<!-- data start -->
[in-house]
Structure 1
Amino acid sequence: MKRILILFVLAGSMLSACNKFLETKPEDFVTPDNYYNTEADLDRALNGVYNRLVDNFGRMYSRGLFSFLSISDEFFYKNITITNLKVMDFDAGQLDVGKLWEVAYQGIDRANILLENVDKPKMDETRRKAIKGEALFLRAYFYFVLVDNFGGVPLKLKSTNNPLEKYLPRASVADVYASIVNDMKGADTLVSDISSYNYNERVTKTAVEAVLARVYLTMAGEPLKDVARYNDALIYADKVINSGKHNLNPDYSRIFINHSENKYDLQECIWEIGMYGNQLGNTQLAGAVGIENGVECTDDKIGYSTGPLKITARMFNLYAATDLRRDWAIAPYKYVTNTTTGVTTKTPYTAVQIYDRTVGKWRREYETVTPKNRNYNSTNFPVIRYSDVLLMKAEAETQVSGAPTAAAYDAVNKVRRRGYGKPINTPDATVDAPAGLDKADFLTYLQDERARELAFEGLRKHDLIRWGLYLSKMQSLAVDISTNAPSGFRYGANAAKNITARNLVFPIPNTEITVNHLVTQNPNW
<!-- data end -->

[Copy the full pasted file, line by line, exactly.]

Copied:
[in-house]
Structure 1
Amino acid sequence: MKRILILFVLAGSMLSACNKFLETKPEDFVTPDNYYNTEADLDRALNGVYNRLVDNFGRMYSRGLFSFLSISDEFFYKNITITNLKVMDFDAGQLDVGKLWEVAYQGIDRANILLENVDKPKMDETRRKAIKGEALFLRAYFYFVLVDNFGGVPLKLKSTNNPLEKYLPRASVADVYASIVNDMKGADTLVSDISSYNYNERVTKTAVEAVLARVYLTMAGEPLKDVARYNDALIYADKVINSGKHNLNPDYSRIFINHSENKYDLQECIWEIGMYGNQLGNTQLAGAVGIENGVECTDDKIGYSTGPLKITARMFNLYAATDLRRDWAIAPYKYVTNTTTGVTTKTPYTAVQIYDRTVGKWRREYETVTPKNRNYNSTNFPVIRYSDVLLMKAEAETQVSGAPTAAAYDAVNKVRRRGYGKPINTPDATVDAPAGLDKADFLTYLQDERARELAFEGLRKHDLIRWGLYLSKMQSLAVDISTNAPSGFRYGANAAKNITARNLVFPIPNTEITVNHLVTQNPNW